A couple of years ago, I needed to buy a pair of shorts and I wanted them in a terracotta colour.  I found what seemed like the perfect pair and it was coming in about 10 different colours.  I was very, very, tempted to buy at least 3 or 4.  I reminded myself of what I tell my clients in such a situation, resisted the urge, and left with the one in the colour I was originally looking for.  For a few days, I kept thinking about going back and buying it in another colour.  But it turned out that after washing it, the fit was no longer as good as what it looked like in the shop.  In the end, I was grateful to have bought only one.

Consider renting or borrowing items you won’t be wearing much.  Think seasonal wear such as ski outfits or occasional wear such as cocktail dresses.

It’s not often these days that I get to attend a wedding ceremony or a formal event, and it’s been many years since I’ve owned a proper cocktail dress.  Instead of buying one that I was unlikely to wear often, I rented a dress and clutch from Rentadella to attend good friends’ wedding last year.  The bride herself had rented her wedding gown, and she looked absolutely gorgeous!

Get Organised And Beyond Singapore | Reduce clothing consumption | Rent

Resist buying on sales unless it’s on your shopping list.

Most of the wrong purchases I’ve made, i.e., items I haven’t worn much, were made during a sale because I had compromised on the size, colour etc.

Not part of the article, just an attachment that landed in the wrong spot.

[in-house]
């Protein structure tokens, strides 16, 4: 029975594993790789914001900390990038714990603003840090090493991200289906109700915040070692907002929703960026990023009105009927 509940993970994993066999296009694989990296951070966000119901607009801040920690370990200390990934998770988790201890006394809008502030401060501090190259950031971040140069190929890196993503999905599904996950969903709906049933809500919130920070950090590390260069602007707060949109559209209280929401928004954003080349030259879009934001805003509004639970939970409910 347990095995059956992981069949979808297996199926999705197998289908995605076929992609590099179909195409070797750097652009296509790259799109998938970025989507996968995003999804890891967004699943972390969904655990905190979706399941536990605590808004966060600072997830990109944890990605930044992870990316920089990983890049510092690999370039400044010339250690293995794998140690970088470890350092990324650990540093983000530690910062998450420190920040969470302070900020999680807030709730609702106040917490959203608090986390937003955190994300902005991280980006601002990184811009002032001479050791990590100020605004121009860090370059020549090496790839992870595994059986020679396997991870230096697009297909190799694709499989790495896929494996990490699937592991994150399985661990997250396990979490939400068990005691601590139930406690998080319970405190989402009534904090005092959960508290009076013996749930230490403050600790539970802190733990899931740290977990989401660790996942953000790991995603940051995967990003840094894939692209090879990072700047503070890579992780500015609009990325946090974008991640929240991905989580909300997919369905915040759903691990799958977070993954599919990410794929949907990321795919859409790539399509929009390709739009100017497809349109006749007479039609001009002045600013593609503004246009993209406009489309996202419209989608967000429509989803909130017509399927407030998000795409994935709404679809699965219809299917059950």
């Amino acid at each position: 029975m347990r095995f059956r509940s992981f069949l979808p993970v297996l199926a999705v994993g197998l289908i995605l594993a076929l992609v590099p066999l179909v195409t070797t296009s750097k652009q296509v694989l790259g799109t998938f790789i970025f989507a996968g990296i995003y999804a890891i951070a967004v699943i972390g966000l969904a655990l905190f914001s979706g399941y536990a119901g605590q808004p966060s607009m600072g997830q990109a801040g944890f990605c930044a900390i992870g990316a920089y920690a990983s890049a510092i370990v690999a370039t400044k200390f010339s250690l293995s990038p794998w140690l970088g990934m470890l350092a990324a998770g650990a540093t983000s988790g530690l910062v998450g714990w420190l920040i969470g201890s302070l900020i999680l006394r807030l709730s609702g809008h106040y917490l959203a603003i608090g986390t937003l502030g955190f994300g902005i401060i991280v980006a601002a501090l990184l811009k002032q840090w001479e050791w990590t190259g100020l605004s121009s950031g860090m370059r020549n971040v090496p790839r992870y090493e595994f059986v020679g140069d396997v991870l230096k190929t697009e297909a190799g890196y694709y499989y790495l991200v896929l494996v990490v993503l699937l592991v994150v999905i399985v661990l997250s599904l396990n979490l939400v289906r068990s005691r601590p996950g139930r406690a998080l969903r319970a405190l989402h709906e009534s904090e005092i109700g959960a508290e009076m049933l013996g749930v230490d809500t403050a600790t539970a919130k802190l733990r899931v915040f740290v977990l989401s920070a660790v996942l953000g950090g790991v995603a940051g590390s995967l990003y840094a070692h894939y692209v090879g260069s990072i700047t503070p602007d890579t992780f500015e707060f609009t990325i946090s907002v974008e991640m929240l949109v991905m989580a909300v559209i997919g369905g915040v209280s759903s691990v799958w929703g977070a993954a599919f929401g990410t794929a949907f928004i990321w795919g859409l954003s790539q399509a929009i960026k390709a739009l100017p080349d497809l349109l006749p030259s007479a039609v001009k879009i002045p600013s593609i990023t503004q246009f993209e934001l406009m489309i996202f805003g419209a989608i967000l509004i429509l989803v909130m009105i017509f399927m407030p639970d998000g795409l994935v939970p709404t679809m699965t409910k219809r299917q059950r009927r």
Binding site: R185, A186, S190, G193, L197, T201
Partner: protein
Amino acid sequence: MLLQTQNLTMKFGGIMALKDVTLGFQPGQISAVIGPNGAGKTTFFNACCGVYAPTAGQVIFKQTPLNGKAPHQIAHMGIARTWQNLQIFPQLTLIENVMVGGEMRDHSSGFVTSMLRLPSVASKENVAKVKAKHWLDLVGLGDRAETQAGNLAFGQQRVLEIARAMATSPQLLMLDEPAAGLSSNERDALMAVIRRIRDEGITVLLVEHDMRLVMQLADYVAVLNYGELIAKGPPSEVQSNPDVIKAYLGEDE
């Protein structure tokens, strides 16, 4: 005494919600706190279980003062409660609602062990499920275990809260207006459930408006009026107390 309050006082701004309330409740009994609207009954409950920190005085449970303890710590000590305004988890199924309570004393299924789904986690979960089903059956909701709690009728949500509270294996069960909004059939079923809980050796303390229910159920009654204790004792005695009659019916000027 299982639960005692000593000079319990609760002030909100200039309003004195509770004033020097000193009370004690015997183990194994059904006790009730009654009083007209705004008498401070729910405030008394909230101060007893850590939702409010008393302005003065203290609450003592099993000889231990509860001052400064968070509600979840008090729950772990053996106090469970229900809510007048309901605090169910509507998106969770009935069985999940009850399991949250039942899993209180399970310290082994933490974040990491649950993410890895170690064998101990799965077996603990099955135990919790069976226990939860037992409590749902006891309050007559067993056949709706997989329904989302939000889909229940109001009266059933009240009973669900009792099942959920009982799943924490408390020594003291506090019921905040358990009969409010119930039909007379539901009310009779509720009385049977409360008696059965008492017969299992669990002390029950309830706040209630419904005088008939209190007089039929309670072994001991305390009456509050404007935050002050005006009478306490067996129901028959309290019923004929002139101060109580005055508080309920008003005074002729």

Get Organised And Beyond Singapore | Stop Buying Clothes | Avoid Sales



When you are in a shop and feel tempted to buy a piece of clothing, pause and ask yourself the following questions:

  1. Is it on my shopping list?
  2. Do I have something similar in my wardrobe?
  3. What do I need it for?
  4. When am I going to wear it?
  5. Could I borrow it, or rent it?
  6. Is it in the right size?
  7. Does it fit my personal style?
  8. Does it fit my body shape?
  9. Does the colour look good on me?
  10. Can I pair it with at least 3 (or 5) other items in my wardrobe?
  11. If it requires handwash or dry-cleaning – Am I prepared to take care of it?
  12. When tempted to buy more than one piece of the same item – Which one is my favourite?



I admit, the idea to stop buying clothes for a year, or even a few months, can be daunting, but it’s the best way to reassess your wardrobe, reconsider your relationships with clothes, change your consumption habits, and reset your wardrobe.

From an overstuffed to clutter-free wardrobe, from an unsatisfied to empowered you, trust me, the process is nothing short of transformational.  That’s certainly how I experienced it when I didn’t shop for 14 months back in 2015.

Up to you to set up your own rules about how you go about it.


What other tips do you have to resist temptation and stop buying clothes you won’t wear? Please comment below.